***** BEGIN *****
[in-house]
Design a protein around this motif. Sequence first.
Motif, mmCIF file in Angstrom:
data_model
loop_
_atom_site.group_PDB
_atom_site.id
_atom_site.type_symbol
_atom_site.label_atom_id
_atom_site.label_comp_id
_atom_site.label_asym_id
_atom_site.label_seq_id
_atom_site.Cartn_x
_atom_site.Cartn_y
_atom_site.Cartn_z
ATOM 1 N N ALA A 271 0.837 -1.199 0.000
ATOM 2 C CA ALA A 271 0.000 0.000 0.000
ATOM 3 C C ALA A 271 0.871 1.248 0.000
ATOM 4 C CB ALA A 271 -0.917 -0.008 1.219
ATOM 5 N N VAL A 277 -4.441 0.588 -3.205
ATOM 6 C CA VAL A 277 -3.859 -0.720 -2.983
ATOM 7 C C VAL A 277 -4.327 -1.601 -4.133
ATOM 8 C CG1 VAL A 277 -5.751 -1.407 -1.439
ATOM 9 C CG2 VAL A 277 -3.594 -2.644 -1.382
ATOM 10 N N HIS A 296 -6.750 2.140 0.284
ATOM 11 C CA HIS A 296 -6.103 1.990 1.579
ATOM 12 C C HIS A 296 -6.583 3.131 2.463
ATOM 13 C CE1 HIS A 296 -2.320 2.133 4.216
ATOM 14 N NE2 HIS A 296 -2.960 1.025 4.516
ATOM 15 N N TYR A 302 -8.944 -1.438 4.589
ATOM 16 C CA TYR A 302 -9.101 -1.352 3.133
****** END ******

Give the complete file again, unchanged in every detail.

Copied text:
[in-house]
Design a protein around this motif. Sequence first.
Motif, mmCIF file in Angstrom:
data_model
loop_
_atom_site.group_PDB
_atom_site.id
_atom_site.type_symbol
_atom_site.label_atom_id
_atom_site.label_comp_id
_atom_site.label_asym_id
_atom_site.label_seq_id
_atom_site.Cartn_x
_atom_site.Cartn_y
_atom_site.Cartn_z
ATOM 1 N N ALA A 271 0.837 -1.199 0.000
ATOM 2 C CA ALA A 271 0.000 0.000 0.000
ATOM 3 C C ALA A 271 0.871 1.248 0.000
ATOM 4 C CB ALA A 271 -0.917 -0.008 1.219
ATOM 5 N N VAL A 277 -4.441 0.588 -3.205
ATOM 6 C CA VAL A 277 -3.859 -0.720 -2.983
ATOM 7 C C VAL A 277 -4.327 -1.601 -4.133
ATOM 8 C CG1 VAL A 277 -5.751 -1.407 -1.439
ATOM 9 C CG2 VAL A 277 -3.594 -2.644 -1.382
ATOM 10 N N HIS A 296 -6.750 2.140 0.284
ATOM 11 C CA HIS A 296 -6.103 1.990 1.579
ATOM 12 C C HIS A 296 -6.583 3.131 2.463
ATOM 13 C CE1 HIS A 296 -2.320 2.133 4.216
ATOM 14 N NE2 HIS A 296 -2.960 1.025 4.516
ATOM 15 N N TYR A 302 -8.944 -1.438 4.589
ATOM 16 C CA TYR A 302 -9.101 -1.352 3.133